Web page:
Sheffield team research virus to treat mesothelioma

 By Kathy Cooke.  21st December 2013

A research team at the Sheffield Experimental Cancer Medicine Centre at Weston Park have completed the first phase of a clinical drug trial in the management of malignant pleural mesothelioma. The ongoing study, due to be completed in April 2014, aims to evaluate the safety and biological effects of single and multiple administrations of modified herpes simplex virus HSV1716HSV1716 in the treatment of mesothelioma.

mesothelioma herpes virus

Pleural mesothelioma is an aggressive form of lung cancer arising from the mesothelial cells that cover the lungs and line the internal chest wall. It usually develops following a latent period from exposure to asbestos.

Prognosis for this disease is poor as the current treatment options are limited and tend to be of palliative intent as they are unable to stop disease progression.

Experts around the world are working hard to overcome the difficulties associated with current mesothelioma treatments and a pioneering team of cancer experts in Sheffield are furthering a promising experimental treatment for the disease based on the same virus that causes herpes.

The modified herpes virus has been shown in laboratory studies to be effective at shrinking tumours in mesothelioma and other cancers while causing limited toxicity in surrounding cells. The virus was also shown to increase survival rates among mice with human cancers.

To date three people with mesothelioma have been given doses of the modified herpes simplex virus HSV1716 manufactured in the laboratory with the aim of specifically targeting the tumour cells and potentially leaving normal cells unharmed. About one third of mesothelioma patients require a tube to be inserted and left in the pleural cavity for the drainage of pleural effusions. In this group of patients, the indwelling tube or 'catheter' can be used to deliver a dose of HSV1716 directly to the pleural space. The new drug was delivered using the chest cavity drain in these 3 patients, allowing it to ‘wash over’ any tumours stemming from the mesothelial cells.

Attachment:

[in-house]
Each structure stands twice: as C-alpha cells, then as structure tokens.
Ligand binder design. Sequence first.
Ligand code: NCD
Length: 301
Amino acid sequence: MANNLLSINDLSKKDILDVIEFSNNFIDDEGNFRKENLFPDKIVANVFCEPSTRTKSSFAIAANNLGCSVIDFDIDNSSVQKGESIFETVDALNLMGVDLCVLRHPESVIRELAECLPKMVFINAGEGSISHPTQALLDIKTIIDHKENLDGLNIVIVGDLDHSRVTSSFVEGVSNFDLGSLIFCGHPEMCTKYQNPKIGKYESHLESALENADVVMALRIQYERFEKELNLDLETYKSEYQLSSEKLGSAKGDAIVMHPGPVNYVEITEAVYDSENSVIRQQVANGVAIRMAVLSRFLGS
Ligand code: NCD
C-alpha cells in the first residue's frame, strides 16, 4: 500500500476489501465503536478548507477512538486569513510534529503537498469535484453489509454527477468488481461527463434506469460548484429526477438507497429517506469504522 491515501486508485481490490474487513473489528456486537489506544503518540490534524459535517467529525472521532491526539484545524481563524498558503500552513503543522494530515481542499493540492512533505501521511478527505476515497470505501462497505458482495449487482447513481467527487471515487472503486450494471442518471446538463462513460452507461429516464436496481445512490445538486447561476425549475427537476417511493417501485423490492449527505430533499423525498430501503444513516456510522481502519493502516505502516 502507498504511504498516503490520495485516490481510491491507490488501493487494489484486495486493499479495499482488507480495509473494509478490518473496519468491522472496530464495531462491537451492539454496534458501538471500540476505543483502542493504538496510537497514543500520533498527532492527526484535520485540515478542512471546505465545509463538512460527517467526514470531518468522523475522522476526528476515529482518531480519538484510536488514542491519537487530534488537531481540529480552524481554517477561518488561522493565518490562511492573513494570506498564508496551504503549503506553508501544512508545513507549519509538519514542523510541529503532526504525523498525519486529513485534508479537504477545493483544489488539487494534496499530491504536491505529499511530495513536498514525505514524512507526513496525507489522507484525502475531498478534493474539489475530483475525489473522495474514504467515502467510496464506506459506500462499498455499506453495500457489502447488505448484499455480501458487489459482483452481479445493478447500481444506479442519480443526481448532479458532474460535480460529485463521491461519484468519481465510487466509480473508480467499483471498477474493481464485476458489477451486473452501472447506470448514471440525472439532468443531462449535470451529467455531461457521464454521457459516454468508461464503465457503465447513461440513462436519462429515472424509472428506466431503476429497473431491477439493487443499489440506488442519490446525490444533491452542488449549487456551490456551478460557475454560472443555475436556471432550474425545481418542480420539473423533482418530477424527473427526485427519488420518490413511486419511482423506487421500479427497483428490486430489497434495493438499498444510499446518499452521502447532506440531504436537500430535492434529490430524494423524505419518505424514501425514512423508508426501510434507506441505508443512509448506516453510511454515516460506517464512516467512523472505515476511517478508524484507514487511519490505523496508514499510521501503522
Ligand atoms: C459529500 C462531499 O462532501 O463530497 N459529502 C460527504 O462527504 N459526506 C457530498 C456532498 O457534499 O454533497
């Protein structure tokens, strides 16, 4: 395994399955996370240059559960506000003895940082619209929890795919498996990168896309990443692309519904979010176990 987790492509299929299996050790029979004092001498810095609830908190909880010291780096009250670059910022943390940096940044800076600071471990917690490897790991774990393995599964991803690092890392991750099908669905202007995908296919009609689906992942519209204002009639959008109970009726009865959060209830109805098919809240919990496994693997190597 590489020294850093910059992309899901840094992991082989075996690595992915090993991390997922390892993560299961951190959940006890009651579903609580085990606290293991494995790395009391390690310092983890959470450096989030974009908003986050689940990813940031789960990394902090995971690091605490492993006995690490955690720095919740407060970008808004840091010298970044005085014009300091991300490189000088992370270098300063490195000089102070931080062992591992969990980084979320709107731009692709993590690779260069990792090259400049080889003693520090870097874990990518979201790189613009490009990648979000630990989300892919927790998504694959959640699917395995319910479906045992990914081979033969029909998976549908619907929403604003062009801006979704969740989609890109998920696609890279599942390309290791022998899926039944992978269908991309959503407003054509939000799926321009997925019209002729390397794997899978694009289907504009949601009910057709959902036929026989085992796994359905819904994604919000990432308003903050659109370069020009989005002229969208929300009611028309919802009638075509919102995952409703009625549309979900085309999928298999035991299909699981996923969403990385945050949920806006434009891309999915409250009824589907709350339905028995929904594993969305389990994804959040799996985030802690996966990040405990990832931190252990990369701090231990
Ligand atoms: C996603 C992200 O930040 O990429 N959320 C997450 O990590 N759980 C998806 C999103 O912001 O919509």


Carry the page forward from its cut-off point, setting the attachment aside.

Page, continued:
Having completed the first phase of the trial process, the research team at the Sheffield Experimental Cancer Medicine Centre at Weston Park, hope the trial can be expanded to find the optimum treatment dose of the virus and to investigate if this novel treatment can shrink mesothelioma tumours in humans thereby extending patients’ lives or even provide a cure for mesothelioma.

For more information about the trial please see the Cancer Research UK website to find 'A study looking at HSV1716 to treat mesothelioma'.

Asbestos Use in South Yorkshire

The area around South Yorkshire has long been linked with heavy industry and many such workers have been exposed to asbestos at some point through their working lives. About 100 patients with mesothelioma are treated in Sheffield every year using current first line treatment options.

The first patient to take part in the modified herpes virus study though was a 79 year old retired head teacher who is thought to have been exposed to asbestos in the basement of his old primary school. Approximately 7 out of 10 school buildings contain asbestos somewhere either in walls, pipes or ceilings and over recent years there have been a number of mesothelioma cases in school workers and past pupils. For more information on asbestos in schools please read:

Other projects at Sheffield looking at mesothelioma treatments include use of radiotherapy and a new type of surgery.

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Kathy Cooke

Kathy Cooke   MA. BSc

Cancer consultant and advisor

Kathy has worked in the cancer field for over 30 years. She was course leader for the MSc in Radiotherapy and Oncology at University of Hertfordshire. Then pre-treatment radiotherapy manager at the Cromwell Hospital in London and Partnership Quality Lead for Macmillan Cancer Support..   Read more >

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